Tijuana Celebrates Culinary Fest With Its Very Own Delight: Caesar Salad

With a name like Caesar (not César) and recipes that contain anchovies and parmesan cheese (not queso blanco), it’s hard to imagine the real origins of Caesar salad. But it was created far from the coast of Italy.

“Yes, the Caesar salad really was invented in Tijuana, México,” says chef Miguel Angel Guerrero, owner of the restaurants La Querencia and El Taller. “We don’t have much in Tijuana, but please, don’t take away our Caesar salad.”

It makes sense then that to kick off TJ’s second annual Baja Culinary Fest, the theme would be “the reinvention of the classic Caesar salad”.

Opening night of the food festival was held in the beautiful Vía Corporativo (TJ’s only LEED office building). Locals, European tourists and SoCal food enthusiasts were in attendance to sample the various innovative versions of the iconic salad, created by some of the most well-known chefs of Tijuana.

It was a reinvention of a cuisine with deep roots in Tijuana.

The history of the salad begins in the 1920s, with Italian immigrant Caesar Cardini. Cardini, who lived in San Diego but owned a restaurant in TJ, was no dummy. He quickly figured out that running his businesses in Tijuana would enable him to avoid the U.S.’s laws of Prohibition. He opened his restaurant, Caesar’s, on Revolución Blvd, in downtown Tijuana. It’s been said that Cardini invented the dish on the Fourth of July in 1924, when the depleted kitchen forced him to make do with what he had.  

Adding a dramatic flair with table side tossing "by the chef,” he cemented his dish into history.  However, a number of Cardini's staff have claimed to invent the dish.

With the economic and tourist roller coaster of the last few years, the original Caesar’s has ridden the wave, but it's had a few crushing periods as well. Until four years ago, when chef Javier Plascencia and his Grupo Plascencia restaurant consortium, headed by his father, Juan José Plascencia, bought the restaurant and completely revamped the old-school tourist hotspot and bar. The chef’s father and grandfather both worked at the restaurant —Tijuana is a very small big city and everyone knows one another.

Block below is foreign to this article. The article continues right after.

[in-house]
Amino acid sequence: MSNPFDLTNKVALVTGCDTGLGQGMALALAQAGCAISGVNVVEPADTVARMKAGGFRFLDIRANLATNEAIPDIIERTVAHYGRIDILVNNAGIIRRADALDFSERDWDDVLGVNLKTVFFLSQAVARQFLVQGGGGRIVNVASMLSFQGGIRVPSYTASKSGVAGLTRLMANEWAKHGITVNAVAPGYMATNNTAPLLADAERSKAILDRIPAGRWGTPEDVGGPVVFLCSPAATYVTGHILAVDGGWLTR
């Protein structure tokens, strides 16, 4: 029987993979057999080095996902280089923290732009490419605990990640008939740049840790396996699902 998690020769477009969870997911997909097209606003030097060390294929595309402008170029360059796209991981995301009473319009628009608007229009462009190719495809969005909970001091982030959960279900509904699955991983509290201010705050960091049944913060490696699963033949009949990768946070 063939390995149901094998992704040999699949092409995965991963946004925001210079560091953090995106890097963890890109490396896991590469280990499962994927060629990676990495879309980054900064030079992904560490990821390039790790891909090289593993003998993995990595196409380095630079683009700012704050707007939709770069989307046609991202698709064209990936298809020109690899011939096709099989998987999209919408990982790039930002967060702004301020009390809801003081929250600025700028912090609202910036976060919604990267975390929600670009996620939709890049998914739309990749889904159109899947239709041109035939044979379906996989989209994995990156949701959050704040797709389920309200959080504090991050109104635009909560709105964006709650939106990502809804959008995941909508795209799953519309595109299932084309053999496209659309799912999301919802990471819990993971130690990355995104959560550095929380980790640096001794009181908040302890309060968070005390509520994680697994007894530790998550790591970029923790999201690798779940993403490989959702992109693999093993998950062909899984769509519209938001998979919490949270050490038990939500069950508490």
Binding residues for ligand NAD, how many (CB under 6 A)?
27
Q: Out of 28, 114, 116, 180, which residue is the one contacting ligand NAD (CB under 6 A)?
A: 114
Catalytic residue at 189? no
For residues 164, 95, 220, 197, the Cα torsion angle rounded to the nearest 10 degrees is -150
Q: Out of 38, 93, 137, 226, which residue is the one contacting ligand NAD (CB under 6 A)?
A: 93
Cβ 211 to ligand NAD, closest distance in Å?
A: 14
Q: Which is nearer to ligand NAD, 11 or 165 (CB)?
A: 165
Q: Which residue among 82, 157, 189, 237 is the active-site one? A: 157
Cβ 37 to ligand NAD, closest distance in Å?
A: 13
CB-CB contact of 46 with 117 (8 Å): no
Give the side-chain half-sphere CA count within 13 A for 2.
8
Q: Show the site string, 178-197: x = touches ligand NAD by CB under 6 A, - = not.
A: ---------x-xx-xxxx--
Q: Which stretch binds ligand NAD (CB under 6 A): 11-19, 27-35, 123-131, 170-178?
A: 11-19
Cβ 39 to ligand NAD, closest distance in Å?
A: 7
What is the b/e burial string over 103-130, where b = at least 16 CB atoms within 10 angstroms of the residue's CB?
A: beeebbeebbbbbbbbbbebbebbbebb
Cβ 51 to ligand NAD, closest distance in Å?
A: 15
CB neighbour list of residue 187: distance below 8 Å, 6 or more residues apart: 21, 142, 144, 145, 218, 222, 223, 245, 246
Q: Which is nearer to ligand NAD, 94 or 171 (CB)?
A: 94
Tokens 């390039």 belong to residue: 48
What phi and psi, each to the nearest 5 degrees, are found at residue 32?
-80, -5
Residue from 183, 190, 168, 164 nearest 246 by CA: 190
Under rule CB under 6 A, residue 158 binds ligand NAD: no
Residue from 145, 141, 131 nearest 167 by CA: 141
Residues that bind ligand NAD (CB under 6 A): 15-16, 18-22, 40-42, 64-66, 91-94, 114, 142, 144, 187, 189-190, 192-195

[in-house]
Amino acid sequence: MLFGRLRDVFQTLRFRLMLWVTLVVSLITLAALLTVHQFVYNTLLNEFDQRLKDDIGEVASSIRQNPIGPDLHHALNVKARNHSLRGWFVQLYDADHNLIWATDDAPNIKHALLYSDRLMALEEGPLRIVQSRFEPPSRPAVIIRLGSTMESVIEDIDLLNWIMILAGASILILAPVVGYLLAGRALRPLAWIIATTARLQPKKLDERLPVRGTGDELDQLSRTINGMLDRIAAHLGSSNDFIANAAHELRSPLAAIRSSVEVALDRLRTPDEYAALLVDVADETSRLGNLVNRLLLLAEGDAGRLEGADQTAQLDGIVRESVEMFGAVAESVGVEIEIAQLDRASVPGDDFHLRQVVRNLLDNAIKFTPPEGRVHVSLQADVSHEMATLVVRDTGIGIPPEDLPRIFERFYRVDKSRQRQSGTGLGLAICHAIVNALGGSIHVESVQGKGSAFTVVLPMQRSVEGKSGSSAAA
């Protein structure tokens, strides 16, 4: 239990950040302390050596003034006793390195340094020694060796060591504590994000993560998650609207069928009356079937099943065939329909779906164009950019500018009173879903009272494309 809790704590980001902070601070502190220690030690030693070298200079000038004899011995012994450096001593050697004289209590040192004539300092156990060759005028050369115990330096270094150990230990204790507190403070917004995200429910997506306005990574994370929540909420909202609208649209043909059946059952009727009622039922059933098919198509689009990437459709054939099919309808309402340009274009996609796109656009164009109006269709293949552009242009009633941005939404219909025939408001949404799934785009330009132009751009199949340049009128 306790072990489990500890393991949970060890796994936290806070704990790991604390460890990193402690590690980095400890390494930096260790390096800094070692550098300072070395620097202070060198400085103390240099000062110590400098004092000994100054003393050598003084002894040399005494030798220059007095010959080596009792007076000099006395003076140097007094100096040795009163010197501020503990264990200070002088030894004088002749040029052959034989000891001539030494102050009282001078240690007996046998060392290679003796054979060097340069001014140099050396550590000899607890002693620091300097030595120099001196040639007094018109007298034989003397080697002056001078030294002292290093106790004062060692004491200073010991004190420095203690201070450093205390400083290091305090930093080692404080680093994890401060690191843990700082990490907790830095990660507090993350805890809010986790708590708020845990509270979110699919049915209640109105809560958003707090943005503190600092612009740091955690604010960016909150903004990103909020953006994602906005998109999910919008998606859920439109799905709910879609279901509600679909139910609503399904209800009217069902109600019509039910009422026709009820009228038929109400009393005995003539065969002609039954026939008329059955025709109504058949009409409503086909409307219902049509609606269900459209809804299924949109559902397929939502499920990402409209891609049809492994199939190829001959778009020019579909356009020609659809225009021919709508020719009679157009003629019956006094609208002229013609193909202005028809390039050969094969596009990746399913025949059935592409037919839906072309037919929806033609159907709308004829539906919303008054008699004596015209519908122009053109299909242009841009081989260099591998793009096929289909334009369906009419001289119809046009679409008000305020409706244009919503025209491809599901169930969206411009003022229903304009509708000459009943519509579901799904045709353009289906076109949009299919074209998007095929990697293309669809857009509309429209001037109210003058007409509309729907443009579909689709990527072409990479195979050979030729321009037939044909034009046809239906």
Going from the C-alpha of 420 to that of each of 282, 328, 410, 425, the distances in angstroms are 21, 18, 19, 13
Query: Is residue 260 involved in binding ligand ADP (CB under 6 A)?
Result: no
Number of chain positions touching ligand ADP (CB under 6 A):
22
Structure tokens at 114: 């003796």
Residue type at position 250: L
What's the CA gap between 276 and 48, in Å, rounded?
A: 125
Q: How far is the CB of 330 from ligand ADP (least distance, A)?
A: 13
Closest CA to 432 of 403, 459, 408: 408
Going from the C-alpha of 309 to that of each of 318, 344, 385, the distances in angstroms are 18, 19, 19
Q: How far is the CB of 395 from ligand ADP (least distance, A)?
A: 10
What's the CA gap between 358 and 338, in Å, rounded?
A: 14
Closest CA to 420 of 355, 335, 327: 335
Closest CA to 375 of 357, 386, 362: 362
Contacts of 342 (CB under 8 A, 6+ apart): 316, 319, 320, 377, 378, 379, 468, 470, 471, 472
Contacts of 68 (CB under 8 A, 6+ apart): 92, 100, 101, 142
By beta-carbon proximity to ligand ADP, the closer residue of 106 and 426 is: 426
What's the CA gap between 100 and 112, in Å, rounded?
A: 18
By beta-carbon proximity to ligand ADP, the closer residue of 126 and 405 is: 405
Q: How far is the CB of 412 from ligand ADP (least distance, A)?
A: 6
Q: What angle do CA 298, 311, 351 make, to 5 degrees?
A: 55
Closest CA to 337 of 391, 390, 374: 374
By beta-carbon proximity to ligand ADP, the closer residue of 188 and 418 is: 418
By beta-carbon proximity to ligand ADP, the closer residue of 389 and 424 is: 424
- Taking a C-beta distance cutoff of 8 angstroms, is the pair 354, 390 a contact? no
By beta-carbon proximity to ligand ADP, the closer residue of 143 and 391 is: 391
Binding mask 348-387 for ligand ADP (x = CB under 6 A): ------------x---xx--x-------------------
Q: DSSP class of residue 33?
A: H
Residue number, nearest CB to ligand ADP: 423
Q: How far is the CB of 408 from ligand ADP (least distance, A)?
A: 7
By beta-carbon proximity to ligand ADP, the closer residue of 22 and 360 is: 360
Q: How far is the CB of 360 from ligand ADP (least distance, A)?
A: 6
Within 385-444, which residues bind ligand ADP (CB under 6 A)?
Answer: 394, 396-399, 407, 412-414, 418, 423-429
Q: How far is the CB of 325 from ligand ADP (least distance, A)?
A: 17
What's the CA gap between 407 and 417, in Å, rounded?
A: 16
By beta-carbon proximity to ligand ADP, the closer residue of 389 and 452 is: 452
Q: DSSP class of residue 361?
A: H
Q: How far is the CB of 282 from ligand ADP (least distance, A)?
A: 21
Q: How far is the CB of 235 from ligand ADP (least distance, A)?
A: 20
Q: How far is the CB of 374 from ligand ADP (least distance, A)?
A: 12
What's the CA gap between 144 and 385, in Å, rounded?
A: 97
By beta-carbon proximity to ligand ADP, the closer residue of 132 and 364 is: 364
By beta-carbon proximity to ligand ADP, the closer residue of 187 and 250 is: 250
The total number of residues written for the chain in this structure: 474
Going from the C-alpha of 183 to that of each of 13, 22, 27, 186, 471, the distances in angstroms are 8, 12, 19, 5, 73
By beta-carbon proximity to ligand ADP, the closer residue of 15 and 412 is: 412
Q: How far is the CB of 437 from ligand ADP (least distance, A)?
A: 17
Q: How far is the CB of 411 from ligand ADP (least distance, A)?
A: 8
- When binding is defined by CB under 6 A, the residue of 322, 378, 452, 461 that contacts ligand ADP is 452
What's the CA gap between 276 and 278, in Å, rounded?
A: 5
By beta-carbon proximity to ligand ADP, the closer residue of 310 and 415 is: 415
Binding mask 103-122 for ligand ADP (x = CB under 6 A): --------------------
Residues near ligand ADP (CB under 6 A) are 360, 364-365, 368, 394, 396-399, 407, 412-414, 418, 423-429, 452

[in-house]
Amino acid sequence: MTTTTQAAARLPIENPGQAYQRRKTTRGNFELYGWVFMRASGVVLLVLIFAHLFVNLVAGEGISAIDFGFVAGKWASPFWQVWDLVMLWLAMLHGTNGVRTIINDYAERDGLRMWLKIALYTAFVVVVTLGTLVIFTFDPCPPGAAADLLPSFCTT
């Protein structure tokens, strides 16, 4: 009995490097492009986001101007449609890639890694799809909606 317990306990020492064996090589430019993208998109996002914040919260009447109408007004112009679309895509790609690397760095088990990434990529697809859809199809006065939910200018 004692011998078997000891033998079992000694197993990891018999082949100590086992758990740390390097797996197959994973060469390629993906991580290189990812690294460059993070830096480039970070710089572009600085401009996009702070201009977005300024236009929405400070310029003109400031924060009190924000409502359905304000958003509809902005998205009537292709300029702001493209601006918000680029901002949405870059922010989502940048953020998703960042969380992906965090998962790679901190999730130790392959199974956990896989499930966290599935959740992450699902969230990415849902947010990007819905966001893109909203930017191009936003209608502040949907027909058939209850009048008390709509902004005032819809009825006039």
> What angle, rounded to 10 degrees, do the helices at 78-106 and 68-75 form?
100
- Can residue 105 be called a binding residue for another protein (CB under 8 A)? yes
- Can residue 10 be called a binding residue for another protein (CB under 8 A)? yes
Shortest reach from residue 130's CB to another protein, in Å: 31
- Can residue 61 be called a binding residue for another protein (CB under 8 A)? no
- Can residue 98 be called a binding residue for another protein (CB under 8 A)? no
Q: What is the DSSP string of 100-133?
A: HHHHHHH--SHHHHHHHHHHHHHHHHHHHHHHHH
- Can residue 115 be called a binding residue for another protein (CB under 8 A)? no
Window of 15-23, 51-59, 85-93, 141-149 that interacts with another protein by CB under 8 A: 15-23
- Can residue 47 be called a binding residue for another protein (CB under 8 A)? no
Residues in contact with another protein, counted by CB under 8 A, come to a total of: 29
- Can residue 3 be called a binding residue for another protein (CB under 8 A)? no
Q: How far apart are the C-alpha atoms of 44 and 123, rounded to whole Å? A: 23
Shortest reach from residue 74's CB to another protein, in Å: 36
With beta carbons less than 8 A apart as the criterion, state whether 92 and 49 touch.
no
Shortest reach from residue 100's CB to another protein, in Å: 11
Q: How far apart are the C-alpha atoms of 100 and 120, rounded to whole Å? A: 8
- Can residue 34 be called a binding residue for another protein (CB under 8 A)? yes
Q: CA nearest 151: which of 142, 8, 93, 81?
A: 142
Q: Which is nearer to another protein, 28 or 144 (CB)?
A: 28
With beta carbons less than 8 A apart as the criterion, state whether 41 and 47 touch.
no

If there are any similarities in the many Ceasar's incarnations, it’s the TJ trend of farm to table; many of the chefs prepare menus according to availability of local farms, wineries and butcher shops.

Upstart 28-year-old chef Diego Hernández, of the restaurant Corazón de Tierra, located in the Valle de Guadalupe wine region, says he’s keeping his Caesar version simple. “Our menu changes daily. Actually there is no menu. It’s a five-course meal prepared according to what we’ve grown or caught. So what we have is what we’re serving,” Hernandez says.

L’Escargot Bistrot chef, Ryan Steyn, took his turn at the Caesar with an all-tempura coated fried version. The South African chef and owner of the only French restaurant in TJ says he loves classical French cooking, and since moving with his wife to her hometown of TJ, “there’s been an adjustment, but I’m getting used to it,” says Steyn. With a new baby and a new baby restaurant, there’s a lot to keep the chef and his sommelier wife very busy.

Known for years as a city of tequila and tacos, TJ has seen a recent gastronomic revolution. Visiting chefs like Anthony Bourdain and Rick Bayless have come down to check out the food, as well as celebrities like Robert Redford and Luke Wilson scouting for film locations and schmoozing with the hot chefs of newly dubbed "Baja Med" cuisine.

Director of TJ’s culinary school, Javier Gonzales, insists all his students learn how to make TJ’s pride —the Caesar salad.  “And just so you know, the original did not contain any anchovies. The salty taste came from the Worcestershire sauce,” Gonzales says.

Of all the new changes in the local TJ food scene, many thank chef Plascencia, a humble guy who owns several restaurants around the city in addition to Ceasar’s.  “The best Ceasar salad is the traditional one, Plascencia says. “The best thing we could have done was to preserve the original Ceasar’s on Revolución. It’s good for the city and good for Mexico.”

Rebekah Sager is a writer and editor for She can be reached at Follow her on Twitter @rebekah_sager.